Preparing for the Work In Progress

So we’ve been hard at work preparing for the work in progress this Saturday!

Xavier’s been busy making patches:

Envirojoy patchTHE MODULE MATRIX

Mook’s been busy writing:


Using edits and feedback from our remote advisors Lawrence & Matthew, and with the amazing help of our advisors Anna and Dimitra in the rehearsal space over the past week, we’ve been building up a performance for Saturday’s show:

The Drops ChatMook RidingMook Mg and X Ink

Me & My Whale is a project that, like its subject, is an absolute leviathan. By setting our aims to incorporate different approaches to composing, devising and performing, by setting our goal to couch it inside a cross-temporal and generative framework, we’re trying to create a new form of expression. For now, we’re telling a story – about the lonely submarine captain who falls in love with a whale. That’s what we’ll enact through body, sound, image, text and form on Saturday. If you can, come down!

Me & My Whale :: Work in Progress (Leeds)

Some Sound:

SubAquatic Soundscape: One of the defining aspects of the sound design is that each scene’s sound is built up by manipulating the previous scene’s sound, or by building new soundscapes using a mixure of microphones, hydrophones, human-computer instruments and synthesis. This is an extract from one of the hydrophones setting up the submarine acoustic.

ToneHarm: a patch which detects the pitch of an incoming voice and then matches it with six sine tones, creating a sort of echoey delayey followy feeling. Needs work to make it nicer, but I like the difference between the soft, thin sine tones and a rich, harmonic-filled voice.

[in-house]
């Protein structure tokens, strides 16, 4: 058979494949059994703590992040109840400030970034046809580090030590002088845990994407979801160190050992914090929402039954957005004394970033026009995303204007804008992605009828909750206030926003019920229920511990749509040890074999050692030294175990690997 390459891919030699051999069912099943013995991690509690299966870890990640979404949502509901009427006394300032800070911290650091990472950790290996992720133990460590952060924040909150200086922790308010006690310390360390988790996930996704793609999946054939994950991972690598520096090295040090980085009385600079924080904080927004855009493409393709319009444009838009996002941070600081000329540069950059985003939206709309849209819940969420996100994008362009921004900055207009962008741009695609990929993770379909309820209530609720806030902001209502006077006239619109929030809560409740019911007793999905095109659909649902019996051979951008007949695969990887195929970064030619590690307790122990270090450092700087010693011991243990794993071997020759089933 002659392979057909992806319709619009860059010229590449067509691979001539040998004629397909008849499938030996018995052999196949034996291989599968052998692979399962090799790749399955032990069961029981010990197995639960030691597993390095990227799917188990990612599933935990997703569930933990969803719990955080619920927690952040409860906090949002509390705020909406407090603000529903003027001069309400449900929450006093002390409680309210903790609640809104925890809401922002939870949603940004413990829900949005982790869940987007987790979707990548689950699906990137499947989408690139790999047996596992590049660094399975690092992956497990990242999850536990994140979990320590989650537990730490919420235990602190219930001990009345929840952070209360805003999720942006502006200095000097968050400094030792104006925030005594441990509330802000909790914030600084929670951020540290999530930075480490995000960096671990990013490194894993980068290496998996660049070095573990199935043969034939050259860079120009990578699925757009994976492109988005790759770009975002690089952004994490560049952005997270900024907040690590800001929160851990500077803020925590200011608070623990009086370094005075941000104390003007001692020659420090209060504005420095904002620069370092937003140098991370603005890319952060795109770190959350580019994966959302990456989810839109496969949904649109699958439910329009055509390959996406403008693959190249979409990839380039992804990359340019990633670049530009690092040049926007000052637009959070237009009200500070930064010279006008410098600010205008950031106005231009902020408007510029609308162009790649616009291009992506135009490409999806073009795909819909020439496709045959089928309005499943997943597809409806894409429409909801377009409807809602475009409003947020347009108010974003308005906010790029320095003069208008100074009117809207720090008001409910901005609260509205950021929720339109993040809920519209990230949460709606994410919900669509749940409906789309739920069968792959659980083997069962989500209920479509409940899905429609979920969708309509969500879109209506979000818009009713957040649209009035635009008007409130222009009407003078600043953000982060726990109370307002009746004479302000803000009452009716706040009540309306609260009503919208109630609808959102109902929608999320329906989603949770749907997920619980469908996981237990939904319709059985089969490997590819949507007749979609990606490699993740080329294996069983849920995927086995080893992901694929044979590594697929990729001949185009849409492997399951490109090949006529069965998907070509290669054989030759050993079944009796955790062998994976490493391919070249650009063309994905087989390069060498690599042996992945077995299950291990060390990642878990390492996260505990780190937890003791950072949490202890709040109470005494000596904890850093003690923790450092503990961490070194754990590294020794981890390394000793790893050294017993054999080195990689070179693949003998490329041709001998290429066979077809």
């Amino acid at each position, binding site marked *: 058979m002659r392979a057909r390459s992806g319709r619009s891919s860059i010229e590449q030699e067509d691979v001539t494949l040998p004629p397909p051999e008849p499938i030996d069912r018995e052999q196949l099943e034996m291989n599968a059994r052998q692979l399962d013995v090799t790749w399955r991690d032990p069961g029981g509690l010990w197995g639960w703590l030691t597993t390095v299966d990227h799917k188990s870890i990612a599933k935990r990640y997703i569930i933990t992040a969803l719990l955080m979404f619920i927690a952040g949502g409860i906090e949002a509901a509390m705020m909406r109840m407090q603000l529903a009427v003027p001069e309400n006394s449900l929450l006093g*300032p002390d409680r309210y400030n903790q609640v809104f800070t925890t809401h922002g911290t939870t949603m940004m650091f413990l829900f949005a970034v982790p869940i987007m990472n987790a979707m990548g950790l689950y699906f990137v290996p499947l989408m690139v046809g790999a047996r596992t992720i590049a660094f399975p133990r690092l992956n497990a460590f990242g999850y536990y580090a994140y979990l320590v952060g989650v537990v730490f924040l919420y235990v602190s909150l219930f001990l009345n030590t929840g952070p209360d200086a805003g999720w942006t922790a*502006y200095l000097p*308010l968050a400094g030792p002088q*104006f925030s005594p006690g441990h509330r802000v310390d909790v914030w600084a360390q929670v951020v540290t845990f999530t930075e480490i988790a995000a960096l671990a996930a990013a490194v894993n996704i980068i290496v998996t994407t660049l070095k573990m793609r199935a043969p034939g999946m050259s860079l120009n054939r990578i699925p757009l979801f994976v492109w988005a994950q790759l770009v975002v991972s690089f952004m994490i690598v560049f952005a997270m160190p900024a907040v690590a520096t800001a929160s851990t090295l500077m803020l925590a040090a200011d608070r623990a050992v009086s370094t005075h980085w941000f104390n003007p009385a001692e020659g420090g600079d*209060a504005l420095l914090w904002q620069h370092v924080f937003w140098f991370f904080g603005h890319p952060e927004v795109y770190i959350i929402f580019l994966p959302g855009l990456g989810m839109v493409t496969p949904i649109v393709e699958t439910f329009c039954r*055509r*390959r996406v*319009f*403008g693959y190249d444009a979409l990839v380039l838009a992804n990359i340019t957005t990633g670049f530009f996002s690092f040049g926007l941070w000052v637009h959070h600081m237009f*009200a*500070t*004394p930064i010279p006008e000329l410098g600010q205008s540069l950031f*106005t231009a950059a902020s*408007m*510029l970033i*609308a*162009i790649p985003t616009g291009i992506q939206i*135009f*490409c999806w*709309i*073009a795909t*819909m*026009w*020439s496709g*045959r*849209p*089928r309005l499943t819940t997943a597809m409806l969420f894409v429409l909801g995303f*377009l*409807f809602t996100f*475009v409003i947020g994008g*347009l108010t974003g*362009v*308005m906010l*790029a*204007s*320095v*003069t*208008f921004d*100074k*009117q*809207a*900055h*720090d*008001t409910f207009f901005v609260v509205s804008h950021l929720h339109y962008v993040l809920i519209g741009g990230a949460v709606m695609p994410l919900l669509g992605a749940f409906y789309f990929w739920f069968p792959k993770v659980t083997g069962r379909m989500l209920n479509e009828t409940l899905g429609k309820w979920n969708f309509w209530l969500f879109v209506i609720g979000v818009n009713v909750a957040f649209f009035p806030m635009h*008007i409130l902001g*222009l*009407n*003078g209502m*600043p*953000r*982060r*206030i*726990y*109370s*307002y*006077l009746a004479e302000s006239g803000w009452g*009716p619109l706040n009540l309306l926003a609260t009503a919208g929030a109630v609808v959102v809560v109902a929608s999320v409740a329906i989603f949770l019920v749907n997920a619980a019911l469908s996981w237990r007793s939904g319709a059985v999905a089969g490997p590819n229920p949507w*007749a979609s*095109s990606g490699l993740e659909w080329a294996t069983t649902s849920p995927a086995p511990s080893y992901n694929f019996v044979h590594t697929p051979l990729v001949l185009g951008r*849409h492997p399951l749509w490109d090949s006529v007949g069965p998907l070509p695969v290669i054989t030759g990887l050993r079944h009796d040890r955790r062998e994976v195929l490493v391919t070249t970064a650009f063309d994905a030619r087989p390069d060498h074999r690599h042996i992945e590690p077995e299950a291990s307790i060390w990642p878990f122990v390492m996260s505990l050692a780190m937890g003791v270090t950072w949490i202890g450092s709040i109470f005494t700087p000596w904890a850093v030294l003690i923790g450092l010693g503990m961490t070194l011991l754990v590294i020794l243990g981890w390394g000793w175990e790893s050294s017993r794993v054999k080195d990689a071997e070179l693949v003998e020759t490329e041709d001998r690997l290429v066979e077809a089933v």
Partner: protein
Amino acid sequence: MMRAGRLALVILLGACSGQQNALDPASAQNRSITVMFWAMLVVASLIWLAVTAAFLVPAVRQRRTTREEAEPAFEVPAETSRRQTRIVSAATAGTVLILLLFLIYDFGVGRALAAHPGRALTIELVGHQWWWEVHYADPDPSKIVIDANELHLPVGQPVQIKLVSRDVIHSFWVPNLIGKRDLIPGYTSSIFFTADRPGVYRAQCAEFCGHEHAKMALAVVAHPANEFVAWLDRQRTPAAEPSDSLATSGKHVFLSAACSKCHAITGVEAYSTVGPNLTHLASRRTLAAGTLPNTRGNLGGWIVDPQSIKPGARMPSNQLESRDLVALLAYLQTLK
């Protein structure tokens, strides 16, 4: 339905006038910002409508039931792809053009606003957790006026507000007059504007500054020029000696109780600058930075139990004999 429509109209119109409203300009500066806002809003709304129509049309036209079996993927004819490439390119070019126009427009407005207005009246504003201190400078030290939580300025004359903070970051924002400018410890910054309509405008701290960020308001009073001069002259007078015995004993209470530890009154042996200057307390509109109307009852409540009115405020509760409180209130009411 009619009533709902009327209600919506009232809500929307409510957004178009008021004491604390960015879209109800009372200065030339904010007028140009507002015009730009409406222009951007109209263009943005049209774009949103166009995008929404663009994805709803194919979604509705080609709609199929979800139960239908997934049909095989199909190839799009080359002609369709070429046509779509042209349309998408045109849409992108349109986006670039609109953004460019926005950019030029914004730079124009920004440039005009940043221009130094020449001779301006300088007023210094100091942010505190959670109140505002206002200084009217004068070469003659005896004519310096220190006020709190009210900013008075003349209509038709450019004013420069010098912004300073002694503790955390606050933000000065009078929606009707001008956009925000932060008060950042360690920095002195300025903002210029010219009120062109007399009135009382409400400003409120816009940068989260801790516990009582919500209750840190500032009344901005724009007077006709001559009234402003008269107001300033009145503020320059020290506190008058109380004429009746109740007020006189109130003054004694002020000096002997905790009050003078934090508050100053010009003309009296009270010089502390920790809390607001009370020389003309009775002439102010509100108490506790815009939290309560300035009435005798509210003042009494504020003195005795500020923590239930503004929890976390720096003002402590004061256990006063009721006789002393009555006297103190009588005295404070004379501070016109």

Bring on the Whale!




Spectrograms of baleen whale vocalisations

a spectrogram is a visual representation of sound – it’s a computer program which shows you how loud each pitch in a sound is over time. it’s at the same time mechanical, algorithmic, inorganic, and perceptive, intuitive, beautiful.

Blue Whale Sunset
“Blue Whale Sunset” – the hum of a blue whale song. This one’s fundamental (lowest, main) frequency is around 40hz, which is pretty much the highest they go. Their songs can go down to 10hz, which is well below human hearing.
Seen via Sonic Visualiser:

it’s a bit like how popular it is listening to whalesong relaxation videos online – their songs repitched and relayered, and the multitude of clicks, chirps, blows and tail kicks that aquatic mammals produce omitted to suit our conceptions of beauty.

Minke Whale Wheat Field
Minke Whale Wheat Field: Spectrogram of the clicks of a minke whale. Each vertical red line you can see in the image is one of the clicks, and the horizontal axis is time. Clicks are mainly used for echolocation. Whales – like dolphins and bats – are able to build up an incredibly detailed picture of their environment, giving them a description of objects’ sizes, distances and even density. By scanning each others brains in conjunction to cetaceans’ enlarged amygdalas, they can literally hear emotion.
Again, using Sonic Visualiser:

remember that god’s chorus of crickets track that makes the rounds every few years? it falsely claims to use otherwise unprocessed slowed down cricket sounds, when in reality there’s a choir and heavy processing happening, in order to promote a religious branding.

we alter the world around us for ourselves, and most of the time it’s by our curiosity and observation that actually makes these changes happen, like how a blue whale can look like a sunset, or a minke whale like a wheat field, and how seismic airguns, tunnelling for oil offshore, silences them both

Read & Listen: Seismic Airguns at Ocean Conservation Research